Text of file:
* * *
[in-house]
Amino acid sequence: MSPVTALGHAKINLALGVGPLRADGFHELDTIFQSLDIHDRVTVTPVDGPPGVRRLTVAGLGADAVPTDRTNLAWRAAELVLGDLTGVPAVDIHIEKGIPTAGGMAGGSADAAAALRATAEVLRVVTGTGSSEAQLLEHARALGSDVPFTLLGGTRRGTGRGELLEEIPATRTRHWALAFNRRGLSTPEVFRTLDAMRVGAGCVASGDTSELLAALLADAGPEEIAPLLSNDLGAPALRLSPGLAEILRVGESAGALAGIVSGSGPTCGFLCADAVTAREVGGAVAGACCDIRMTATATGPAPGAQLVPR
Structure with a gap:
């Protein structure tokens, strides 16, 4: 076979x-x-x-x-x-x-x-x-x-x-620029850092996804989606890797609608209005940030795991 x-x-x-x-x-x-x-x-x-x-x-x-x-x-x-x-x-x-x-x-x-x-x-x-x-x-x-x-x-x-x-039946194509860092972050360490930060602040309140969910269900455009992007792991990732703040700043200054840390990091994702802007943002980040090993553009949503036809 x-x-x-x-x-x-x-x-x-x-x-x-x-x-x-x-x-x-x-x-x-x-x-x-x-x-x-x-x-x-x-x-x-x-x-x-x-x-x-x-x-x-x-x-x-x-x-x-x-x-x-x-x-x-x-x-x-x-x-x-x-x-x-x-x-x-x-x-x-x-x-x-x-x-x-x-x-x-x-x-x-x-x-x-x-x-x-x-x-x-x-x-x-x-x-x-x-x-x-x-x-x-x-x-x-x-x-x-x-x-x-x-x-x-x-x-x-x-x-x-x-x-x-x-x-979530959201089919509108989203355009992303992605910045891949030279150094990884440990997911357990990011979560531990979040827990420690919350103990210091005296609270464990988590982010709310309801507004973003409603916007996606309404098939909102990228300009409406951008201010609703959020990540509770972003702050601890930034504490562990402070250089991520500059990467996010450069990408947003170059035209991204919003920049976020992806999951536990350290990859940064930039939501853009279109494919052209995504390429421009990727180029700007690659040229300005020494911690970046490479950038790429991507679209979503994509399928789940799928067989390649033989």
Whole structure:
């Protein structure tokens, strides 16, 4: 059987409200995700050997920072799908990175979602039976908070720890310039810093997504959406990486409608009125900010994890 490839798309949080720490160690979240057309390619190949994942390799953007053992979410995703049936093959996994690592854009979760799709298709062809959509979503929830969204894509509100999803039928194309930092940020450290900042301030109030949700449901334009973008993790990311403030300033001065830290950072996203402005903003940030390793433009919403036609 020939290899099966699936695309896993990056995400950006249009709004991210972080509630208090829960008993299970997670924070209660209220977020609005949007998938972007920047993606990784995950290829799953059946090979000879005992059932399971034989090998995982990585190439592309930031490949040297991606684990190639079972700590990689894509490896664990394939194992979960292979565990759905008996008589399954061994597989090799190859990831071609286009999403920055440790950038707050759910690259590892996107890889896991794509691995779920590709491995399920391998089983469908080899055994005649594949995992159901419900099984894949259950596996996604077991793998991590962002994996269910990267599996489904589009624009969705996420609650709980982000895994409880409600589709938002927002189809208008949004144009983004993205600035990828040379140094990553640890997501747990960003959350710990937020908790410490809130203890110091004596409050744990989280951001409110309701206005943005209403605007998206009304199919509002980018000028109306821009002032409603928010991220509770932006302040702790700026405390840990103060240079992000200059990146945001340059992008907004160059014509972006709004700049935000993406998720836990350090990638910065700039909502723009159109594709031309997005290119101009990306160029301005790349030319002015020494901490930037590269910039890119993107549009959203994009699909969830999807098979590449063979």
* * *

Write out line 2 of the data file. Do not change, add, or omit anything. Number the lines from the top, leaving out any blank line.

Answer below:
Amino acid sequence: MSPVTALGHAKINLALGVGPLRADGFHELDTIFQSLDIHDRVTVTPVDGPPGVRRLTVAGLGADAVPTDRTNLAWRAAELVLGDLTGVPAVDIHIEKGIPTAGGMAGGSADAAAALRATAEVLRVVTGTGSSEAQLLEHARALGSDVPFTLLGGTRRGTGRGELLEEIPATRTRHWALAFNRRGLSTPEVFRTLDAMRVGAGCVASGDTSELLAALLADAGPEEIAPLLSNDLGAPALRLSPGLAEILRVGESAGALAGIVSGSGPTCGFLCADAVTAREVGGAVAGACCDIRMTATATGPAPGAQLVPR